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Efforts to Combat Wildlife Trafficking at the Department of Justice
Group of narwhals in the wild. Photo credit: NOAA
United States v. Jay Conrad et al., (D. Me., D. Alaska):  On January 7, 2014, Jay Conrad pleaded guilty to conspiracy to smuggle narwhal tusks, conspiracy to launder monetary instruments, and one substantive count of smuggling narwhal tusks.  Co-defendant Eddie Dunn pleaded guilty in the District of Alaska to conspiring to traffic in narwhal tusks, and a substantive Lacey Act trafficking violation.

Beginning in approximately 2003, Dunn and Conrad bought more than 100 narwhal tusks from a Canadian resident who had illegally imported the tusks from Canada into Maine.  After receiving them in Tennessee, Dunn and Conrad marketed and sold the tusks using a combination of Internet sales via the “Ebay” auction website, and direct sales to known buyers and ivory collectors across the United States.  Throughout the conspiracy, the defendants made payments to the Canadian tusk supplier by sending money to a mailing address in Bangor, Maine, or directly to the supplier in Canada.   Dunn sold approximately $1.1 million worth of narwhal tusks, and Conrad sold between $400,000 and $1 million worth.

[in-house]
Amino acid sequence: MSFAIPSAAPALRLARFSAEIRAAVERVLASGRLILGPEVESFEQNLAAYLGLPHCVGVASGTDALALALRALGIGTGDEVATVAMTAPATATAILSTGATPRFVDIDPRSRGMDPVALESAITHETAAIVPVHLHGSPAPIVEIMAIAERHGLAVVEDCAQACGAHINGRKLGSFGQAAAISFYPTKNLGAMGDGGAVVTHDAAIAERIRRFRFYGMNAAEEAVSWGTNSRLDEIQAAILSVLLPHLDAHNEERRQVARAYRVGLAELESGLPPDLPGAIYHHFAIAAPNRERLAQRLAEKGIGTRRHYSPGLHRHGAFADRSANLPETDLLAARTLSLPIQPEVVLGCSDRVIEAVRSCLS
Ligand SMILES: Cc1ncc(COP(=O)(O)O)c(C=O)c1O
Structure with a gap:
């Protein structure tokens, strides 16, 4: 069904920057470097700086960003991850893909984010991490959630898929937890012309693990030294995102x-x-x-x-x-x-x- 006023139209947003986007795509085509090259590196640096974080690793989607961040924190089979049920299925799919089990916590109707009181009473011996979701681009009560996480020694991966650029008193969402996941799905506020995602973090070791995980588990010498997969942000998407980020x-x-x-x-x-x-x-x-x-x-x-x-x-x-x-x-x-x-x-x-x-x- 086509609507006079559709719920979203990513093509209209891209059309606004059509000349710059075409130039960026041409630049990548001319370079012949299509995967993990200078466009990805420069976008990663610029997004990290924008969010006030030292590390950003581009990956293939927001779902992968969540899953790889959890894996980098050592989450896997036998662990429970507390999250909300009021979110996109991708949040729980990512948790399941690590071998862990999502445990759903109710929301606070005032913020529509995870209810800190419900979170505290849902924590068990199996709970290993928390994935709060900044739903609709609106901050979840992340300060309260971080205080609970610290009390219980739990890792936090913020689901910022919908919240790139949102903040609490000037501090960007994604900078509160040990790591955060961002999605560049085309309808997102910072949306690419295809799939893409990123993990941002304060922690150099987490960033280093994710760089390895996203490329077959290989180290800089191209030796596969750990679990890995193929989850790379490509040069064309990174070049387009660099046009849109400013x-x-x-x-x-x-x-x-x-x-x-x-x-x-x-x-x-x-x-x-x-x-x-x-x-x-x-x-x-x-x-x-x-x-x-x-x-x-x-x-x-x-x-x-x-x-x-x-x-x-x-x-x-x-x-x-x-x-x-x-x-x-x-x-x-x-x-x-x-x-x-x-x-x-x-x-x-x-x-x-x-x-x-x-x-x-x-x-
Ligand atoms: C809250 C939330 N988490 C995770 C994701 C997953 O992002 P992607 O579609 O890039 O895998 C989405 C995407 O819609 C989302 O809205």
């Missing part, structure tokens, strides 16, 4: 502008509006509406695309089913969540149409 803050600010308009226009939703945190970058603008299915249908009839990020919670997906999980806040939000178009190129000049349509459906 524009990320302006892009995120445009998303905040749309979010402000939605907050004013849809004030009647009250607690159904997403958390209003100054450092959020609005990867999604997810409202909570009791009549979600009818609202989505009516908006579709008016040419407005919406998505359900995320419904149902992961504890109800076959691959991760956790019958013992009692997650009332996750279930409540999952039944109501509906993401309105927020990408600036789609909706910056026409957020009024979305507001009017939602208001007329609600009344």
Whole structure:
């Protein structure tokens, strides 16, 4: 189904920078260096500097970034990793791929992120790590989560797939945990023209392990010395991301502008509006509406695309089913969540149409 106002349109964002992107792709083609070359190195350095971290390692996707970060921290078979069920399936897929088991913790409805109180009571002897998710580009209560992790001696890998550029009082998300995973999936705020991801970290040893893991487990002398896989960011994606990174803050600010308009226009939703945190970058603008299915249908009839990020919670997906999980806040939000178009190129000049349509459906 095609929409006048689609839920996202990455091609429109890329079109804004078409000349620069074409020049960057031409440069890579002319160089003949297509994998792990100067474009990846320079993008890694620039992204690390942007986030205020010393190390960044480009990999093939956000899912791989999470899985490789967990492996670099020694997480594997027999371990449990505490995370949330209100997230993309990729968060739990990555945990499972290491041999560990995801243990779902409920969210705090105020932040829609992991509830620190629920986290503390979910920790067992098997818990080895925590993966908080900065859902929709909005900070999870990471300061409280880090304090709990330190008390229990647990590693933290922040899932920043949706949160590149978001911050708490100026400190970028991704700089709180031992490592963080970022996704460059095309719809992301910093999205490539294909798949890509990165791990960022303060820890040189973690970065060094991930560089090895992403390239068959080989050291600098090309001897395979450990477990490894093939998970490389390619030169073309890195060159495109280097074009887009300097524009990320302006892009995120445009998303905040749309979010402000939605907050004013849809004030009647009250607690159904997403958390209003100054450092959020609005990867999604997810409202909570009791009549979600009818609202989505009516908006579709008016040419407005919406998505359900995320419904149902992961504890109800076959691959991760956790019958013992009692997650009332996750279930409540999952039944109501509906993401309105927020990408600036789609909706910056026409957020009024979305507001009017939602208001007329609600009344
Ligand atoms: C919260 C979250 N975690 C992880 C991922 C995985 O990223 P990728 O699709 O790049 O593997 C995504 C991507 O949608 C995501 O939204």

Conrad is not yet scheduled for sentencing, but Dunn is set for March 20, 2014.   Co-defendant Andrew J. Zarauskas is set for trial to begin in Maine on February 12, 2014.  Co-defendant Gregory R. Logan is pending extradition from Canada to Maine.

United States v. David Place, (D. Mass.):  David Place illegally bought and imported sperm whale teeth and narwhal tusks into the United States.  The market value of the teeth and tusks illegally imported by Place was determined to be between $200,000 and $400,000.  Place was convicted by a jury of seven felony counts including conspiracy, Lacey Act, and smuggling violations, and was sentenced to 33 months’ incarceration followed by a three-year term of supervised release.



Last Updated: September 2014